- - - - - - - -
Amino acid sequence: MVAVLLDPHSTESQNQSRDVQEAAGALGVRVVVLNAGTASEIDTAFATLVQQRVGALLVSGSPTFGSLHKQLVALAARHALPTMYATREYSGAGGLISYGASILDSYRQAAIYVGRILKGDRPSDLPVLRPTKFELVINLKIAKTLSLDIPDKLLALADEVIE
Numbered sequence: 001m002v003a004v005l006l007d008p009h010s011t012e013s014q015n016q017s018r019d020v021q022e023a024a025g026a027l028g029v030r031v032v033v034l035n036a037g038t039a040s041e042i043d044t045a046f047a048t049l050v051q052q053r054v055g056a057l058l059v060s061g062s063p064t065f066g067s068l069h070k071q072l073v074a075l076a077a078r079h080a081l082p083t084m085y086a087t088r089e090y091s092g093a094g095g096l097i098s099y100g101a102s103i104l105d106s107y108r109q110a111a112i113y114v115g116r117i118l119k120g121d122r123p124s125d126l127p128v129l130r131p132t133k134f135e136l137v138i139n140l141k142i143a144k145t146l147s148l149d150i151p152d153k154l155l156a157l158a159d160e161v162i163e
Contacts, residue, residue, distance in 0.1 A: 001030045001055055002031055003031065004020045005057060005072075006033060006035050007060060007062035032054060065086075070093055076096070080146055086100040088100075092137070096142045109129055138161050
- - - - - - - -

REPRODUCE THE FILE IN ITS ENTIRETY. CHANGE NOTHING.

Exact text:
Amino acid sequence: MVAVLLDPHSTESQNQSRDVQEAAGALGVRVVVLNAGTASEIDTAFATLVQQRVGALLVSGSPTFGSLHKQLVALAARHALPTMYATREYSGAGGLISYGASILDSYRQAAIYVGRILKGDRPSDLPVLRPTKFELVINLKIAKTLSLDIPDKLLALADEVIE
Numbered sequence: 001m002v003a004v005l006l007d008p009h010s011t012e013s014q015n016q017s018r019d020v021q022e023a024a025g026a027l028g029v030r031v032v033v034l035n036a037g038t039a040s041e042i043d044t045a046f047a048t049l050v051q052q053r054v055g056a057l058l059v060s061g062s063p064t065f066g067s068l069h070k071q072l073v074a075l076a077a078r079h080a081l082p083t084m085y086a087t088r089e090y091s092g093a094g095g096l097i098s099y100g101a102s103i104l105d106s107y108r109q110a111a112i113y114v115g116r117i118l119k120g121d122r123p124s125d126l127p128v129l130r131p132t133k134f135e136l137v138i139n140l141k142i143a144k145t146l147s148l149d150i151p152d153k154l155l156a157l158a159d160e161v162i163e
Contacts, residue, residue, distance in 0.1 A: 001030045001055055002031055003031065004020045005057060005072075006033060006035050007060060007062035032054060065086075070093055076096070080146055086100040088100075092137070096142045109129055138161050